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Opening Up Dialogues
Students work to eliminate Islamophobia on campus and in the community.
Azrin Awal, co-chair of UMD’s Minnesota Public Interest Research Group (MPIRG), smiles as she sees the ballroom filling up. She flutters around, hugging people, welcoming them into the event. Last year, Awal, a junior majoring in public health promotion and education in the College of Education and Human Service Professions, hosted an Islamophobia panel, but this event is on a larger scale.
“This year, I said we need to open up the panel more, broaden our audience, and have more people come in,” said Awal. The panel was sponsored by MPIRG and UMD’s Muslim Student Association, which works to bring awareness about Islam to the student body and the wider community.
Students, faculty, and staff of all backgrounds came to learn about how important it is to create interfaith dialogue. Local news channels were present recording the event.
The Islamophobia panel was comprised of Muslim students discussing misconceptions about Islam and sharing their personal stories.
This was followed up by an interfaith panel, with students of Jewish, Islamic, Christian, and agnostic beliefs sharing their thoughts on why opening up the conversation is crucial at this time in our society.
Insight from those who were there
Iman Geleto volunteered to be a panelist because she “wanted to inform students here on campus about how important it is that we are aware of each other’s differences in a respectful matter.” She found the questions to be very sincere and the audience members to be very thoughtful.
Geleto, a sophomore majoring in finance and communication, is active in the Multicultural Center (MC) and enjoys spending her time at various on-campus events the MC holds.
She emphasizes that this panel is crucial since the November 2016 elections. “Islamophobia is a growing issue in America,” Geleto said.
Like many young American Muslims, she wants to change the narrative, “I want everyone to know that Islam is a religion of peace, and Muslims do not condone violence, terrorism, or anything negative that is heard through the media.”
Her only qualm about the panel was that more question and answer time should have been provided. “it seemed like we rushed the Q & A section, since we ran out of time. I think it’s important to address people’s questions” she said.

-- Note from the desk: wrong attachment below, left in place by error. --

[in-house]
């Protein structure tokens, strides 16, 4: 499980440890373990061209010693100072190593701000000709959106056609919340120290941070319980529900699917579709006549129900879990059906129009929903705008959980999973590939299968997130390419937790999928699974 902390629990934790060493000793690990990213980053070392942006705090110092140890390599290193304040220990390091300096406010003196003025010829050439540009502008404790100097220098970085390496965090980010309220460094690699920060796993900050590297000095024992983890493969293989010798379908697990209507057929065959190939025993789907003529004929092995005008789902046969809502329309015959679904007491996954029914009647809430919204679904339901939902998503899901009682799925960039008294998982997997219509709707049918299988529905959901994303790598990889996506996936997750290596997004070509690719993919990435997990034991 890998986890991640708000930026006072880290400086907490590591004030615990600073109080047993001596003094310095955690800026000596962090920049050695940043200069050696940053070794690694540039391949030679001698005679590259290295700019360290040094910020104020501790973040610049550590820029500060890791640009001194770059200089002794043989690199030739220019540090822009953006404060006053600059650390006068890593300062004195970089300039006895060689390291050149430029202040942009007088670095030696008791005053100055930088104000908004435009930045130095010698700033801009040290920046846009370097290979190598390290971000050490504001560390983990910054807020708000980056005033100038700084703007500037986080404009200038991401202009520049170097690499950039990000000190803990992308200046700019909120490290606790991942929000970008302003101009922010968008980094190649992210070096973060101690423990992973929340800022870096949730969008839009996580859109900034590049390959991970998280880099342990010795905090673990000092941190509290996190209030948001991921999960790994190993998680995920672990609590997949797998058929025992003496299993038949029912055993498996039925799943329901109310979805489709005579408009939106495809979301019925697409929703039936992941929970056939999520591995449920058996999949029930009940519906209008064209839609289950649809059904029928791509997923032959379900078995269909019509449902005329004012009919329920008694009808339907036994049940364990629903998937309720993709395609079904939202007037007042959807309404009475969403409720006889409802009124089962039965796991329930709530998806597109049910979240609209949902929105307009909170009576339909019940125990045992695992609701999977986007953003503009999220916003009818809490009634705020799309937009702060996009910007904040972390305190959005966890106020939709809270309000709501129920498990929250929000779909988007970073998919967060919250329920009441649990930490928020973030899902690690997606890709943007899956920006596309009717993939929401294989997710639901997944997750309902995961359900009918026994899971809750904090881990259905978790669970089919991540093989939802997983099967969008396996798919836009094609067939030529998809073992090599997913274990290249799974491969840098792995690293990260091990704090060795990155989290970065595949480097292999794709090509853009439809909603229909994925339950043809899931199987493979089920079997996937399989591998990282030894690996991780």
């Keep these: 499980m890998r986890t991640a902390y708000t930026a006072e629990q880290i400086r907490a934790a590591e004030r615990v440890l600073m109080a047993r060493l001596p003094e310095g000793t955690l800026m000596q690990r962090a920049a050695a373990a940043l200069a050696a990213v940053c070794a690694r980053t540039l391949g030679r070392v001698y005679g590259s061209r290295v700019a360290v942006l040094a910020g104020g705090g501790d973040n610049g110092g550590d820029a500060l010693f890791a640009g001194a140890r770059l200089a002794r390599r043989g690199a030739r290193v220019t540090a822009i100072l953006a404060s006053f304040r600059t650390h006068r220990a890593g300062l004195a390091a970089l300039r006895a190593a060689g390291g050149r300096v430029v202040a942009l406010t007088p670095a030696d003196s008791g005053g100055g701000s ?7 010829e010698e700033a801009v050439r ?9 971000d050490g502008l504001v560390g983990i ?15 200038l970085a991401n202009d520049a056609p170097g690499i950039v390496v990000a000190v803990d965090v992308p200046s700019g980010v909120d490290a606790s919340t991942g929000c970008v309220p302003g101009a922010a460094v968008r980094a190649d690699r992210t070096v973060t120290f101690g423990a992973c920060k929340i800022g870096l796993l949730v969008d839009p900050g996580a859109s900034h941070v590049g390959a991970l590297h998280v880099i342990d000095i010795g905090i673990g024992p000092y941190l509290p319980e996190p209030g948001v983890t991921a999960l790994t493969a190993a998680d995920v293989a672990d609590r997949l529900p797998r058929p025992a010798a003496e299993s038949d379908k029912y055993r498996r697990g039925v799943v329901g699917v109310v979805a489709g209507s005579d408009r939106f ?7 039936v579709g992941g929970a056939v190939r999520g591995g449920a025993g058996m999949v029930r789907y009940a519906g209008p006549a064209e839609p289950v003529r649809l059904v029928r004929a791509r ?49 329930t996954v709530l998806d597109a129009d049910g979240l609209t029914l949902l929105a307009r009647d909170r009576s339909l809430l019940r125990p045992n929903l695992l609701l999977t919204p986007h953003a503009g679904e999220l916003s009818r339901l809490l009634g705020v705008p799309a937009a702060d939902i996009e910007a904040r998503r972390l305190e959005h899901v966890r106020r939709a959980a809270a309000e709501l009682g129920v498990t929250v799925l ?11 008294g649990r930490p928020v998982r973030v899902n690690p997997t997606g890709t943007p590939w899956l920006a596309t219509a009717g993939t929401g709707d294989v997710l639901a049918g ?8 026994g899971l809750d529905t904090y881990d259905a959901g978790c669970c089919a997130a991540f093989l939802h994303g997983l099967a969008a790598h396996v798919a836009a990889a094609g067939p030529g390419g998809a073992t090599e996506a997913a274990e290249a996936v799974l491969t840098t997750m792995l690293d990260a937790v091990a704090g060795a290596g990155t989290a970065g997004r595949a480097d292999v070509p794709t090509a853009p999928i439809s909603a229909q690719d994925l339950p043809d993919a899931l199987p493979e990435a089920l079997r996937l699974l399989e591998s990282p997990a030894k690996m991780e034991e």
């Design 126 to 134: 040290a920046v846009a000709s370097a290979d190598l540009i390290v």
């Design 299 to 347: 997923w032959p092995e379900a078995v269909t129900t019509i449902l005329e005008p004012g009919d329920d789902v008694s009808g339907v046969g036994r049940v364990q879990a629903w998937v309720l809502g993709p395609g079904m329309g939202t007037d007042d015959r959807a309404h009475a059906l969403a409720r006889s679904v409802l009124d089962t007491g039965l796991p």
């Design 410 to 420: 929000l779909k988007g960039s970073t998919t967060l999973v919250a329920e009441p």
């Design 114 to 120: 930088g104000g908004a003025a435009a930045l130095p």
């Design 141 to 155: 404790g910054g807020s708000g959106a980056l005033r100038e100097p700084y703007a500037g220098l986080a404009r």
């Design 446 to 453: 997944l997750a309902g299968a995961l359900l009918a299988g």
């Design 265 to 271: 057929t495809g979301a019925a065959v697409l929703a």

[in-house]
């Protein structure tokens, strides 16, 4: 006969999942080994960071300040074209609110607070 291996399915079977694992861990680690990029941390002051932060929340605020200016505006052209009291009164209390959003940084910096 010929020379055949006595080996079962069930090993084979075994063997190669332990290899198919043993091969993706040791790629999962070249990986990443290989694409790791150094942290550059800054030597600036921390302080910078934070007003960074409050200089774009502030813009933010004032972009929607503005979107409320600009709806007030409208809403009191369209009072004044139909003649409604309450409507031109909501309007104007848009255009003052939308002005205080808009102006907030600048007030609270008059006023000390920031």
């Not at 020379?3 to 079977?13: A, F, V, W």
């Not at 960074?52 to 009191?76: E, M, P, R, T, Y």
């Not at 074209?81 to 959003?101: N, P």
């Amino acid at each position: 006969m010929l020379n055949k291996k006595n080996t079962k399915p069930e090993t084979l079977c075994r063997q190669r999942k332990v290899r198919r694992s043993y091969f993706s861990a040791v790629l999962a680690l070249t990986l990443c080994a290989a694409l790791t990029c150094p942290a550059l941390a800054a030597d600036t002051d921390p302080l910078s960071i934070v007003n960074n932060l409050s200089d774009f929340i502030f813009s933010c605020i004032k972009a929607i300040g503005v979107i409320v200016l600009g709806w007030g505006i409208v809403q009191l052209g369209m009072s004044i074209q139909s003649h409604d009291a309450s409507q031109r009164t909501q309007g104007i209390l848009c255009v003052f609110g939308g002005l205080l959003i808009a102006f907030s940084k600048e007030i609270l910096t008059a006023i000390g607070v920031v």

Dawn Stevenson, an interpreter at UMD, was glad she came to the Islamophobia panel, “I wanted to learn more about the students, faculty, and staff for whom Islam is a part of their religious upbringing and background.”
Stevenson added, “We are all here to get an education and better ourselves; we all believe in the peace of our religion rather than the funky media attention given to various faiths.”
Awal looks forward to a day when panels like this aren’t necessary. Until that day comes, she will continue to work to present information that educates the campus and the wider community about Islam.
“I strongly believe that education and dialogue is the key to a more inclusive world. If we could take the time to listen to the stories around us, not the information we hear over the media that we sometimes believe without question, we would see that there are many more similarities than differences.”
About the Organizations
The Minnesota Public Interest Research Group (MPIRG) is a grassroots, non-partisan, nonprofit, student-directed organization that teaches and inspires students and captivates the community to take action throughout the state of Minnesota. MPIRG holds various events on campus that promote advocacy and making a change for the better.
The Muslim Student Association (MSA) is a religious and social student organization that seeks to network the Muslim students on campus and serve as their voice in the community. MSA also reaches out to the student body to bring awareness about Islam and to promote tolerance towards Muslims, and works with other organizations to bring positive change within the UMD campus.
Top image: UMD students Iman Geleto (left) and Azrin Awal take part in an Islamophobia panel discussion.